The SRHE Annual Conference ran from the 11th to the 13th of December with a focus on creativity and criticality in higher education. Dr Liz Austen and Dr Emma Heron presented in the morning of the second day in a symposium titled How can we meaningfully listen to students’ voices to shape widening participation policy and practice?, showcasing two methodologies which have been developed and implemented at Hallam. Liz focused on digital storytelling and provided an overview of how this method could be used to access hidden student voices. Emma led on her work to develop the Listening Rooms methodology (including round table analysis facilitated by Helen Parkin of STEER) and explored the method and impact of an institutional listening approach.
Both approaches have been developed as a response to dominant methods, mainly student surveys, which provide a default response for student experiences data collection. Digital storytelling and Listening Rooms, as designed by Liz and Emma, are both now being utilised in a project by Dr Richard Waller, University of the West of England, in a SRHE funded project titled: White working class young men’s engagement with higher education: Accessing voices of the ‘hard to reach’ and (frequently) ‘left behind’.
Exploring Creative Methods
The majority of sessions attended discussed creative research methods and creative means of disseminating research findings. One aim of attending was to learn about the range of approaches which are being explored in higher education and consider the possibilities for application within Hallam.
A wide variety of insightful and inspiring presentations were attended which included: the use of group based rich pictures to understand transitions experiences (Dr Ella Taylor-Smith – Edinburgh Napier); life writing online for narratives surrounding estrangement (Dr Rachel Spacey – University of Lincoln); arts based creative methods including drawing, drama and poetry (Dr Jennifer Leigh – University of Kent and Dr Kelly Pickard-Smith – University of Manchester); pictorial narrative approaches for mapping HE aspirations (Dr Debbie Jones and Mark Jones – University of Swansea); and assemblage, origami and free writing as creative learning (Rebecca Thomas, University of East Anglia). Discussions also highlighted story completion methods and the use of animation.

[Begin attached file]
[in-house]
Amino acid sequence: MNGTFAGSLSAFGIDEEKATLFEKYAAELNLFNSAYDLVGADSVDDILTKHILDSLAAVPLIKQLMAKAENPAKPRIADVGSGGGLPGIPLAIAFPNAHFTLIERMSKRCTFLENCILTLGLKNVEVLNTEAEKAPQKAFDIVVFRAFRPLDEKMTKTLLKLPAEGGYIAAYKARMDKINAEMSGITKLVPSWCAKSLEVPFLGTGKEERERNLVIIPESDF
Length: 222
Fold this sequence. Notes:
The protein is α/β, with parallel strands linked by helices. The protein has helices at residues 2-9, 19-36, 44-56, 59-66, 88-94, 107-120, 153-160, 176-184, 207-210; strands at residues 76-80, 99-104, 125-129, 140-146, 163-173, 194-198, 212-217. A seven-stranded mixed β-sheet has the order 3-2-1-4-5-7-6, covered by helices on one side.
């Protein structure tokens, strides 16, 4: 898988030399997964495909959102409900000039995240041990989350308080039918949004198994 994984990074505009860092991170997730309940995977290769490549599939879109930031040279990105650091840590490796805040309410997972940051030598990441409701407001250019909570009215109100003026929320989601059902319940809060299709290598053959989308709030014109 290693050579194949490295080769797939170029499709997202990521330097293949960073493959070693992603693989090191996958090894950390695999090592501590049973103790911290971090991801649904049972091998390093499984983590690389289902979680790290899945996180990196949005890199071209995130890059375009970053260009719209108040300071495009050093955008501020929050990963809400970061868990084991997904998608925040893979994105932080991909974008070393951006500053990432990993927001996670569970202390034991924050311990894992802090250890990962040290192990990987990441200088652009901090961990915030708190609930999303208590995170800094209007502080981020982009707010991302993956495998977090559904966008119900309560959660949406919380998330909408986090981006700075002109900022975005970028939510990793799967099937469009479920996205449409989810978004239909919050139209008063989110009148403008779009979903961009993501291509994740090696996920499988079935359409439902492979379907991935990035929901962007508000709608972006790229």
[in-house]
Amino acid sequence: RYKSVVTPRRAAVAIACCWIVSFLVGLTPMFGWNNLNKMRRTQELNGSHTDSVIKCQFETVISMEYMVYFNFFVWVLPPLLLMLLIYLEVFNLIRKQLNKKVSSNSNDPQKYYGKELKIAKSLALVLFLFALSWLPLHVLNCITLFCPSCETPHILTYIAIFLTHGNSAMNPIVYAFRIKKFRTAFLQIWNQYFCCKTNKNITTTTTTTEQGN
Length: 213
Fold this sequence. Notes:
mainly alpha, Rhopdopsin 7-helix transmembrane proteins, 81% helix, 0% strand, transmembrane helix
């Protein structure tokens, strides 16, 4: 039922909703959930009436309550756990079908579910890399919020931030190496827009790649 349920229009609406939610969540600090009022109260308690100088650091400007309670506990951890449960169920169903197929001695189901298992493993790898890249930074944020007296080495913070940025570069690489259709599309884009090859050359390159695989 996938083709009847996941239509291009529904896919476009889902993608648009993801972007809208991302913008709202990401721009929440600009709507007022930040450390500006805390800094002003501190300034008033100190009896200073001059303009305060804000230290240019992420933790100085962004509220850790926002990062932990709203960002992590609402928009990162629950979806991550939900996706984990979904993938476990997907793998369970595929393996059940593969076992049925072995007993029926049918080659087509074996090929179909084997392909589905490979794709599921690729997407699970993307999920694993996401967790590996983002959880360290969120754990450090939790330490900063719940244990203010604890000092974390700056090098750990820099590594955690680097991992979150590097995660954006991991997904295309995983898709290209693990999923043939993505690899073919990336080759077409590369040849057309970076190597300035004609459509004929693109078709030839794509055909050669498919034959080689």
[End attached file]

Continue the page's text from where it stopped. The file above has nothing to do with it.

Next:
There was a general sense that creative methods are an essential part of higher education research. They elicit deeper reflections from participants and richer insights into student experiences. Reoccurring themes touched upon the participatory nature of creative methods and the potential to empower participants through the research process.
However, there was also a sense that higher education research was perhaps too critical of these approaches and the struggle to defend validity was often felt. The language used to describe creativity – alternative, novel, innovative – was also discussed as a potential contributing factor.
Liz Austen’s presentation can be accessed here: SRHE December 2019 DigitalStorytellingHiddenVoices
Emma Heron’s presentation can be accessed here: SRHE December 2019 ListeningRoomsQualMethodForBetterListening
Images: authors own